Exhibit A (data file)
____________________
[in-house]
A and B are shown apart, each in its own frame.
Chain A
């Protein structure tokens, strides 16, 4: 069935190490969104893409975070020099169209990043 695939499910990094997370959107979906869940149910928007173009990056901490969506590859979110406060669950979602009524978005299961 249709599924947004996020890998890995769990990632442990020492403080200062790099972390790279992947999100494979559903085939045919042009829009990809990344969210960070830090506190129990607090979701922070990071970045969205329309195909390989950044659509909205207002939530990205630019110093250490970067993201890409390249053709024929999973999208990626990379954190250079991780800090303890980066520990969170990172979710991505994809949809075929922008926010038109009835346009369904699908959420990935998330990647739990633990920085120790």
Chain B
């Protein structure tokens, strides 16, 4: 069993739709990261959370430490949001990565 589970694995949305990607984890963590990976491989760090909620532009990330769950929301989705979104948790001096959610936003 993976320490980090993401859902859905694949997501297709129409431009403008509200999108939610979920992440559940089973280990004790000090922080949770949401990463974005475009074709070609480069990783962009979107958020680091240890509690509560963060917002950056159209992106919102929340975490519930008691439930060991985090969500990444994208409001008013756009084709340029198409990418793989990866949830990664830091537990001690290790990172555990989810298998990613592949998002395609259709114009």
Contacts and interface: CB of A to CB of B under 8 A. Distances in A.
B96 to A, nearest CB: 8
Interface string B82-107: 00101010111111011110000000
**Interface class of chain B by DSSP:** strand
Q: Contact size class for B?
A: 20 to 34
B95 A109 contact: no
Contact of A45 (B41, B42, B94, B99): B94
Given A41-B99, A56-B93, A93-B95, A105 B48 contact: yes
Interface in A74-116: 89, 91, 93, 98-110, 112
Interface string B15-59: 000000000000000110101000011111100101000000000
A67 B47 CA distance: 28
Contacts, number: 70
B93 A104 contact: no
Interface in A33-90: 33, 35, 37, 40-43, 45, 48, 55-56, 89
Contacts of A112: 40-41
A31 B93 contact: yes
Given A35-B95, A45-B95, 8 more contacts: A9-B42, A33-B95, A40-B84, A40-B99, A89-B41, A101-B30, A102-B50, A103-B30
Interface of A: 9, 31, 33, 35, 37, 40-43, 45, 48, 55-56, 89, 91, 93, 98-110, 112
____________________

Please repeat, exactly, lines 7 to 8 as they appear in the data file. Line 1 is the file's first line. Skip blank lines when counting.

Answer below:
Contacts and interface: CB of A to CB of B under 8 A. Distances in A.
B96 to A, nearest CB: 8